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Chris Hadfield Inspires Thousands Of Students At Freedom Day Celebration

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Chris Hadfield at Freedom Day 2013; image: Bennett Duncan
Chris Hadfield signed autographs and posed for photos at Freedom Day. Image: Bennett Duncan

Thousands of middle-school students converged on Yonge-Dundas Square in downtown Toronto on Wednesday to celebrate Freedom Day.

The annual event was hosted by the Simon Wiesenthal Center for Holocaust Studies.

Speakers ranged from holocaust survivor Max Eisen to dance troupe SolePower, and culminated in an inspirational speech from former Canadian astronaut Chris Hadfield.

Max Eisen talked about surviving a concentration camp.

“When I was in Auschwitz, trying to survive on 300 calories a day,” he said, “I thought of two things: food and freedom.”

The downtown square was packed with students, who sat cross-legged under a blazing sun, shoulder to shoulder, to listen to the speakers.

“We need to preserve (Canada’s) values of democracy and freedom,” said Avi Benlolo, president and CEO of the Wiesenthal Centre. “You need to think about what you can do to make the world a better place. That is the core message of today.”

But it was former astronaut Chris Hadfield who caused the most excitement with the students in the crowd.

Freedom Day - crowd
Thousands of students attended the annual Freedom Day celebration in Toronto. Image: Joyce Grant

They listened intently as he told them that, despite the horrible things that may have happened on Earth—such as the holocaust and war—the Earth remains beautiful from space. From space, you can’t see borders, he said.

He also talked to the children about how they can do small things to help them achieve their dreams.

“How are you going to turn yourself into the person you want to be?” he asked. “It’s little decisions. What food do you want to eat today? Do you exercise your body? Do you get a little bit fatter or a little bit stronger today?

“What books do you read? What TV shows do you watch? Little tiny decisions are the ones that turn you into who you wake up as tomorrow morning. And the morning after that. And the week after that. And before you know it, you have pushed yourself closer to your own dreams.”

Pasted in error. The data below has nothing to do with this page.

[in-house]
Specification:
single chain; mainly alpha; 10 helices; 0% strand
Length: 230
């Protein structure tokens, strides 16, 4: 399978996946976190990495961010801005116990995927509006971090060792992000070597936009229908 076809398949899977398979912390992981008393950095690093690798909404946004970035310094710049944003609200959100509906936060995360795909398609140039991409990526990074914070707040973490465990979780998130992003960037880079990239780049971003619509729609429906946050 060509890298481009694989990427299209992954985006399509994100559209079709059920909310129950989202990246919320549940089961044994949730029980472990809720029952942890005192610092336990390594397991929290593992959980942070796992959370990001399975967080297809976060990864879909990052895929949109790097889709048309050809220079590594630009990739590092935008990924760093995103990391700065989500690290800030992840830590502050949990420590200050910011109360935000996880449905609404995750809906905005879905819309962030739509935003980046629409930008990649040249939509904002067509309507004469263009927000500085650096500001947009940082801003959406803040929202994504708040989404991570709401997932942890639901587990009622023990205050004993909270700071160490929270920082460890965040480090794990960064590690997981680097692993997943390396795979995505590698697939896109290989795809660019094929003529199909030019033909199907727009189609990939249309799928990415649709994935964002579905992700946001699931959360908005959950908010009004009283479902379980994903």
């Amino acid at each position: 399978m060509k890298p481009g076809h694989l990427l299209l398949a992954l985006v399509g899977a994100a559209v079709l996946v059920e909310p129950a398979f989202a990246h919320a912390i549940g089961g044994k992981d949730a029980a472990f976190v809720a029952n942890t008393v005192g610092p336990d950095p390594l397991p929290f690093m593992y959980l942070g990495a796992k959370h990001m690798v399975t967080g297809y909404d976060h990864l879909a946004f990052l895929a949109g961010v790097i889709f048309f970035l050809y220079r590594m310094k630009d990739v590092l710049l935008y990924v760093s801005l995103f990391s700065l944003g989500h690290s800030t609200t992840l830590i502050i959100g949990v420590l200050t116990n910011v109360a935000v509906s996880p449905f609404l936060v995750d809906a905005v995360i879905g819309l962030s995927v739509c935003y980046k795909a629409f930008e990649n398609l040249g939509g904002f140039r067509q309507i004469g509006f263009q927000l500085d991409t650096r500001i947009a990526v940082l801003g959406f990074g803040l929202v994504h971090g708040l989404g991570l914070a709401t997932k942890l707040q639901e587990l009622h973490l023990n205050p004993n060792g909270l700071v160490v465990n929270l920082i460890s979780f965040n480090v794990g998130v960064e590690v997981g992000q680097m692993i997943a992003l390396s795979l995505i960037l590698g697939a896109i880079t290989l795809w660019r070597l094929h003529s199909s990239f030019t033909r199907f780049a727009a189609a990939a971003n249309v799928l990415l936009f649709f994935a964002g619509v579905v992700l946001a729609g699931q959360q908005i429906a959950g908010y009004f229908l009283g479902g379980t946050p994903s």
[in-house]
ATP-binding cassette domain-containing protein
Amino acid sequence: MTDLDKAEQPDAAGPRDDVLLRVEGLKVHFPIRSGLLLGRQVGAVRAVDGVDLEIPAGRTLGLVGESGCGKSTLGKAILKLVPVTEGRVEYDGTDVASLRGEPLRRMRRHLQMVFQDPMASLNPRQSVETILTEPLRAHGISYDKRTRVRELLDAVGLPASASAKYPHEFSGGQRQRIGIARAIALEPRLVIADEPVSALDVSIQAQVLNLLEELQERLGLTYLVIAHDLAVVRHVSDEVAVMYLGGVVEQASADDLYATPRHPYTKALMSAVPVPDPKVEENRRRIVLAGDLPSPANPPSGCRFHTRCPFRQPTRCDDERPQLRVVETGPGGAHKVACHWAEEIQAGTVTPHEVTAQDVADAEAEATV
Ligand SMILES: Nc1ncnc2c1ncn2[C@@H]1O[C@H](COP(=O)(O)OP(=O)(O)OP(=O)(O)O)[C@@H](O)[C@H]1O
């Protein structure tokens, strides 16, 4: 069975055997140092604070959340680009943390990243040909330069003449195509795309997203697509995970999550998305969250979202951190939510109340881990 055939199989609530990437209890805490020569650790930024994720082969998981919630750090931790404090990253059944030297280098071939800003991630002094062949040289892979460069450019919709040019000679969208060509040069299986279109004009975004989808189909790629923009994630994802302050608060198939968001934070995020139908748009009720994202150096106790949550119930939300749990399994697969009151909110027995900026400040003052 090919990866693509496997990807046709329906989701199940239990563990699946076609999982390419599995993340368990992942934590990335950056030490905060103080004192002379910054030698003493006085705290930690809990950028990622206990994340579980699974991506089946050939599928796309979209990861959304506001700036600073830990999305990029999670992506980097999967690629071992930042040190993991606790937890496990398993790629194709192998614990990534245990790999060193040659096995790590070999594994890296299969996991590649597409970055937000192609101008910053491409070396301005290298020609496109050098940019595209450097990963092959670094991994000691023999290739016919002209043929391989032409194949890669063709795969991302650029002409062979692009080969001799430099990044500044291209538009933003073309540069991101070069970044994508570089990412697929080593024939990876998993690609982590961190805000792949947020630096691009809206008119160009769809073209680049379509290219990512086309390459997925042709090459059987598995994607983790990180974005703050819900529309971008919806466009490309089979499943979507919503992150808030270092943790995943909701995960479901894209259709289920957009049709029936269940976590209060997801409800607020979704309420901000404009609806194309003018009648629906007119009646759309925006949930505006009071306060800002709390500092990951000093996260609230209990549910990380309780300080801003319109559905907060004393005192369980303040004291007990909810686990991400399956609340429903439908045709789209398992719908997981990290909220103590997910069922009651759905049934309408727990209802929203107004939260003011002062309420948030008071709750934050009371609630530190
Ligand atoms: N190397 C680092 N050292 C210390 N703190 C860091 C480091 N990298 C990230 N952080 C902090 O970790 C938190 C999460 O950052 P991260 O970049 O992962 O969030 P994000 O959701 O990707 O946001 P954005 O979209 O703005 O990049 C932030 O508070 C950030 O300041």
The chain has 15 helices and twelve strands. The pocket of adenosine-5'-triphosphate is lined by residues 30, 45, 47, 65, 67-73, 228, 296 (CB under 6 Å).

CURRICULUM CONNECTIONS
By Jonathan Tilly

Writing/Discussion Prompt
Chris Hadfield wants students to consider the small choices they make and the impact that they have. Do you agree with him–that it is better to focus on smaller decisions? Or do you think that focusing on big choices is more important to becoming the best person you can be? Be sure to support your answer.

Reading Prompt: Extending Understanding
Thousands of students celebrated Freedom Day in downtown Toronto.  Write three definitions of what it means to be free. According to your definitions, are you free? Why or why not.

How often do you reflect on your freedoms? How can thinking about freedom improve your life and the lives of those in your family and community?

Primary
Express personal opinions about ideas presented in texts (OME, Reading: 1.6).

Junior
Extend understanding of texts by con- necting the ideas in them to their own knowledge, experience, and insights, to other familiar texts, and to the world around them (OME, Reading: 1.6).

Intermediate
Extend understanding of texts, including increasingly complex or difficult texts, by connecting the ideas in them to their own knowledge, experience, and insights, to other familiar texts, and to the world around them (OME, Reading: 1.6).

Grammar Feature: Quotation Marks ( ” )
Today’s article contains many direct quotes (exact speech). To show this, authors place quotation marks on either side of the speech. One common mistake that many writers make it where they place punctuation marks when using them alongside a quote. The answer is, punctuation marks such as periods and comas, always go inside the final quotation mark. For example, the following sentence from today’s article demonstrates the correct placement of both the coma and period.

“When I was in Auschwitz, trying to survive on 300 calories a day,” he said, “I thought of two things: food and freedom.”

Place the proper punctuation in the examples below.

1. “Where’s the ketchup  ”  Marcel asked.
2. Juliet yelled, “If I don’t get my money, I’m gonna scream  ”
3. The teacher called out, “waterfall  ” and all the students said, “ssshhhhh  ”
4. The anchorwoman reported that, “15% of all schools in Vancouver would be open during the summer months  “